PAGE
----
PS5 looks to Netflix for innovation, but not in the same way as Xbox Series X

Speedy load times means that Sony wants an OS comparable with that of the steaming service

Sony PS5 PlayStation 5
(Image credit: Concept Creator)

Now that Sony and Microsoft have revealed the specs for their next-gen consoles, we know that both the PS5 and Xbox Series X will be capable of significantly increasing loading speeds for games. 

During the PS5 reveal, PlayStation lead architect Mark Cerny shared that the reduced loading times are thanks to the SSD that can load 2GB in 0.27 seconds, meaning that loading screens will be virtually nonexistent. Now Kotaku news editor, and industry veteran, Jason Schreier has weighed in on what he knows about how the super fast load times will be incorporated into the console's operating system.   

Writing a comment on a Resetera thread discussing the PS5 patent that detailed how the console's OS will operate,  Schreier wrote:

"I have heard some fascinating things about the PS5’s operating system like this - one of the pitches they’ve been making to developers is 'playing a PS5 game should be as easy as Netflix.'

"They want to make players feel like they can load up the game immediately and know exactly how much time a given activity is going to take them. They want people to feel more inclined to play in short bursts rather than only wanting to turn on the console when they have a few hours to spare."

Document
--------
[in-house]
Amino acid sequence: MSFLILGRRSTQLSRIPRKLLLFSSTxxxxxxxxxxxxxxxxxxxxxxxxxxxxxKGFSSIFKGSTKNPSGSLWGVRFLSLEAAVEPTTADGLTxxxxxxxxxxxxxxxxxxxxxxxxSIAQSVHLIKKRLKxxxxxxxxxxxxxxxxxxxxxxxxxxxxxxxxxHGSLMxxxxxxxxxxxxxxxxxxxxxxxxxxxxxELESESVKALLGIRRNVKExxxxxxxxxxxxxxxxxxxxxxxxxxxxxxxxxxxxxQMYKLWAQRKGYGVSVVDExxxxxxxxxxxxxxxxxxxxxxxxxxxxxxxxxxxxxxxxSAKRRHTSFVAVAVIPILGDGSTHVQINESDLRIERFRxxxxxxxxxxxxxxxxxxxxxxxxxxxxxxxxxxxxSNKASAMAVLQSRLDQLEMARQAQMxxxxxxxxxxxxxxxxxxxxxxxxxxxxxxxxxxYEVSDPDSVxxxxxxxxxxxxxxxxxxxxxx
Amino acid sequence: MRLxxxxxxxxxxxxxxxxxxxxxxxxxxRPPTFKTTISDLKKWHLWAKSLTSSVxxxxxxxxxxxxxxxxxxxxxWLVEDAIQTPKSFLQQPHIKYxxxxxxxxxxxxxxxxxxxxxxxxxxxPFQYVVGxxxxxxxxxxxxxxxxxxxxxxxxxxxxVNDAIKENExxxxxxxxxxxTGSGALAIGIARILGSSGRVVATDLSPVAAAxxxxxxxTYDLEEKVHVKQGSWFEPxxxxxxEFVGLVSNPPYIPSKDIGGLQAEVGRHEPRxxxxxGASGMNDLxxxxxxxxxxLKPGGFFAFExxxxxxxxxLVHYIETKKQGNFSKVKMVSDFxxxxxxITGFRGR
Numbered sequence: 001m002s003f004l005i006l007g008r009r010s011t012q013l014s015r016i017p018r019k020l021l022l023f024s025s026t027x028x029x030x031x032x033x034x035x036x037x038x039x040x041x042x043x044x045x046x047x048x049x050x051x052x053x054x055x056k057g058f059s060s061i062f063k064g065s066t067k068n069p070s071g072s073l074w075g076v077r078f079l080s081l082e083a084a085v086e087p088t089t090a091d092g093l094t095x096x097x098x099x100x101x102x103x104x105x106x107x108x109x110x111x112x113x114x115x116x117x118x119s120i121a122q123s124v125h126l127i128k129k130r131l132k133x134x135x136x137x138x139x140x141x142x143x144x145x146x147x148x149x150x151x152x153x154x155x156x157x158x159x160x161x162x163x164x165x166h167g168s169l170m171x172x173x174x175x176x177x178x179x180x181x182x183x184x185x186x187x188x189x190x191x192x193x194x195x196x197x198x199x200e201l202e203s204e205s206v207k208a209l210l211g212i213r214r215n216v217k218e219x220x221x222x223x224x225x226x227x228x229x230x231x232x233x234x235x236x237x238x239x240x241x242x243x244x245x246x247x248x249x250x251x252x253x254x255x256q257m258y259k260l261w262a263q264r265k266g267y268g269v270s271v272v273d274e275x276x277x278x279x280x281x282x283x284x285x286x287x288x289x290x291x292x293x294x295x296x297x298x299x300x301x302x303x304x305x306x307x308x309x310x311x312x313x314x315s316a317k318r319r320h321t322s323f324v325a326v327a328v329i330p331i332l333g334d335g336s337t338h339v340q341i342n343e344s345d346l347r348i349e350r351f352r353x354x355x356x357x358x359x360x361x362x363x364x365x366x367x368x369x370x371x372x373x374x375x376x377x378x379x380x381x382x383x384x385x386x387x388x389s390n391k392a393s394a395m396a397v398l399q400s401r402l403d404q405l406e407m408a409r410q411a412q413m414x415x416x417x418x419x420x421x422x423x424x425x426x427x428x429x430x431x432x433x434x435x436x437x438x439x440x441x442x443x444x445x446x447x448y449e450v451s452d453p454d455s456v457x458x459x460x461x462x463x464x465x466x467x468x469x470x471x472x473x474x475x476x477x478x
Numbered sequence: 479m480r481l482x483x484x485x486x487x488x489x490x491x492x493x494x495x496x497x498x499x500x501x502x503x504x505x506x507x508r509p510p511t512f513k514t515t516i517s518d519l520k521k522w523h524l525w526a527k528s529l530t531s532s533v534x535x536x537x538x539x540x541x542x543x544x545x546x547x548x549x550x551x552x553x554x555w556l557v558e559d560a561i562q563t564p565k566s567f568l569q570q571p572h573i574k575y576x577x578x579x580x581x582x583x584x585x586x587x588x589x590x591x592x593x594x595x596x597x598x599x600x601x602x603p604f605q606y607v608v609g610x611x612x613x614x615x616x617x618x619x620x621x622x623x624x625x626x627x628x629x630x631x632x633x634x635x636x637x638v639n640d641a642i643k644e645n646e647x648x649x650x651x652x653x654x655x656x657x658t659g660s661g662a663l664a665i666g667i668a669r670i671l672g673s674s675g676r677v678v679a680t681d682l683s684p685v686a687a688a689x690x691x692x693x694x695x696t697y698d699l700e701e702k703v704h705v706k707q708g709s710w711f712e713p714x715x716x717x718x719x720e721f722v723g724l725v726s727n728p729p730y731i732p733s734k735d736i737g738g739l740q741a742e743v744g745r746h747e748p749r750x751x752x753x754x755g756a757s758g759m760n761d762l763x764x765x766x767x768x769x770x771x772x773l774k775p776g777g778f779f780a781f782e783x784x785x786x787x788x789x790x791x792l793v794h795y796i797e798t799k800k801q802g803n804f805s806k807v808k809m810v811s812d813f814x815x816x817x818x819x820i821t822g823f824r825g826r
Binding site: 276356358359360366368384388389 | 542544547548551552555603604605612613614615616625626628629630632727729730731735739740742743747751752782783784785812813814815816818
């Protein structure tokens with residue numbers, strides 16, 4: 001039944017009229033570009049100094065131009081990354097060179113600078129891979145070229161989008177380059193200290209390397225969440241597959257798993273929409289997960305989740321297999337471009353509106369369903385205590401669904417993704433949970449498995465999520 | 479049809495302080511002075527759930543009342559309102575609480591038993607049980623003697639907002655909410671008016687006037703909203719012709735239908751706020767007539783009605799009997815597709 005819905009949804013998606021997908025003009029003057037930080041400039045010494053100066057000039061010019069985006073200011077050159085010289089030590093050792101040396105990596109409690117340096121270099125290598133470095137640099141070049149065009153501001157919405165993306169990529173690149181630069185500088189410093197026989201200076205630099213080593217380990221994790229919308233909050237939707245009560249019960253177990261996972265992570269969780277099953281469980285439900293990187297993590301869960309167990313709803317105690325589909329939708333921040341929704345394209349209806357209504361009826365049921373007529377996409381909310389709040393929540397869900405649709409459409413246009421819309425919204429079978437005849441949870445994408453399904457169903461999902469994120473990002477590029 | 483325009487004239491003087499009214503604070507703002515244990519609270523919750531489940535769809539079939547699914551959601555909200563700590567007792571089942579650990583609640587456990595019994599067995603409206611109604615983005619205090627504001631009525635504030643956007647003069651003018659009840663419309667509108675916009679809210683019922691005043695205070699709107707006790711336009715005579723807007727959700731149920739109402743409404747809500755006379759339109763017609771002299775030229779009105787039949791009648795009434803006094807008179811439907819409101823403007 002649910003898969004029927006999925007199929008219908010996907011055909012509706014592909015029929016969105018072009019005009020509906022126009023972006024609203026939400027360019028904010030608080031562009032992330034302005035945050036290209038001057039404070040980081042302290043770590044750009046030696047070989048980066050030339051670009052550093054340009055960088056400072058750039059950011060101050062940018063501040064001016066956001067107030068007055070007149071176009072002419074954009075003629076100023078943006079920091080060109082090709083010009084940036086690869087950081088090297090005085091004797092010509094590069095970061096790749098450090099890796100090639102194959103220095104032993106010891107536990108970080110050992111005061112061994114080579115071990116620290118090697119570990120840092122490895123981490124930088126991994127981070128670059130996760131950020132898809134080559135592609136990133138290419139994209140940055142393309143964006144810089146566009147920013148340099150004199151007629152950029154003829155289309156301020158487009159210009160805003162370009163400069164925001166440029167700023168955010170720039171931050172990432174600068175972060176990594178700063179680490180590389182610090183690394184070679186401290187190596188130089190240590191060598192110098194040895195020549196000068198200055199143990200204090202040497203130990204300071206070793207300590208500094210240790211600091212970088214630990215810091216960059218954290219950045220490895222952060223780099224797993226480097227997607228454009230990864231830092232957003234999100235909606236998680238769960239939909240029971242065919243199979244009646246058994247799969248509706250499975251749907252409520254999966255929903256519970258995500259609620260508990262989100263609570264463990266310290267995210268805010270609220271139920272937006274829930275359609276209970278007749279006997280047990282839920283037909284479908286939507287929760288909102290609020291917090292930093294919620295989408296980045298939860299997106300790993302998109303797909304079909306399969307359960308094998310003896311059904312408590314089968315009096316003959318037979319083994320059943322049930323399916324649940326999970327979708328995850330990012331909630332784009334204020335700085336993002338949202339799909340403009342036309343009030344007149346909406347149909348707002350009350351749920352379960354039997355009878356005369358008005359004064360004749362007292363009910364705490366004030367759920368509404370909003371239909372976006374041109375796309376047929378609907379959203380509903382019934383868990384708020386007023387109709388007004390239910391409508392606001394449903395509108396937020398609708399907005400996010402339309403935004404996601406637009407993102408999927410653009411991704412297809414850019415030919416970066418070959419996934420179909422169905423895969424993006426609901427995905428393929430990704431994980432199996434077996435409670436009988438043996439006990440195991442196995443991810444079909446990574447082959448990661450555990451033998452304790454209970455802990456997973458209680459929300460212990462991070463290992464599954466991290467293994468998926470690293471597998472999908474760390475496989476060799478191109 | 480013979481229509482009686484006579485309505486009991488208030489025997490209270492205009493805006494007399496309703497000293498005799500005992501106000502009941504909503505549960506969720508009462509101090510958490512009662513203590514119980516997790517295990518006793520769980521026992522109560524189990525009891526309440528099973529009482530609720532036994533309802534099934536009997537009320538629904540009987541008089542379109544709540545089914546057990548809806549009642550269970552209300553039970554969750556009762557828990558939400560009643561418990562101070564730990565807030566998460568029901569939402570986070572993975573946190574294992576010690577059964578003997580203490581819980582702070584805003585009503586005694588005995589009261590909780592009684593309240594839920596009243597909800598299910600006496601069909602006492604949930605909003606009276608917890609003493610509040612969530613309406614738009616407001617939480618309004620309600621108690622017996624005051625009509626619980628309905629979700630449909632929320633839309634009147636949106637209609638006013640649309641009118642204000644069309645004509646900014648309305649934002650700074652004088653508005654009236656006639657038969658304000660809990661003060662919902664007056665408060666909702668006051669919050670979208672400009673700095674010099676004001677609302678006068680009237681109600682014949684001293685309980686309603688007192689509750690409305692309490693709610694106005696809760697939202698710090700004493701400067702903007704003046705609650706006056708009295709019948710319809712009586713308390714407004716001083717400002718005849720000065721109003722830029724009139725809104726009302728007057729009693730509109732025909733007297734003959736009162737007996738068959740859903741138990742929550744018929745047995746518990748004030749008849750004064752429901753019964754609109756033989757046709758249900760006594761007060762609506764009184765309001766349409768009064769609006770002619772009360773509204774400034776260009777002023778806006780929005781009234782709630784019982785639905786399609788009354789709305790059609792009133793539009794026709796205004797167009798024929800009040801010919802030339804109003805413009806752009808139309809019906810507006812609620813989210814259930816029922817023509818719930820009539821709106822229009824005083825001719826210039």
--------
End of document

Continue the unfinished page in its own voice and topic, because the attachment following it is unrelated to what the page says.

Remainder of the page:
Cerny touched on this in a Wired interview last year, when he said:

“We don't want the player to have to boot the game, see what's up, boot the game, see what's up."

He went on to describe a seamless process, whereby players can switch between games almost instantaneously, with no waiting around. Netflix subscribers can do the same with the streaming service's content in the app. You can suspend a film, switch to a series, and back again, for example, and both will resume at the point at which you left off. That's the kind of experience we can expect on the PS5, by the sounds of things.

There's still a bit of a wait until the consoles' launch date this year, with both expected to hit shelves in the holiday 2020 window. After revealing a more specific Thanksgiving release date, Microsoft backtracked, saying it was a mistake, but with the current coronavirus pandemic, we may not see either make an appearance in 2020.  

On that note, make sure you're washing your hands and follow T3's guide on how to clean your PS4 and Xbox controllers.  

Shabana Arif

Shabana worked at as News Editor covering tech and gaming, and has been writing about video games for almost a decade (and playing them since forever). She's had bylines at major gaming sites during her freelance career before settling down here at T3, and has podcasts, streaming, and video content under her belt to boot. Outside of work, she also plays video games and should really think about expanding her hobbies. If you have any tech or gaming tips, shoot over an email or DM her on social media.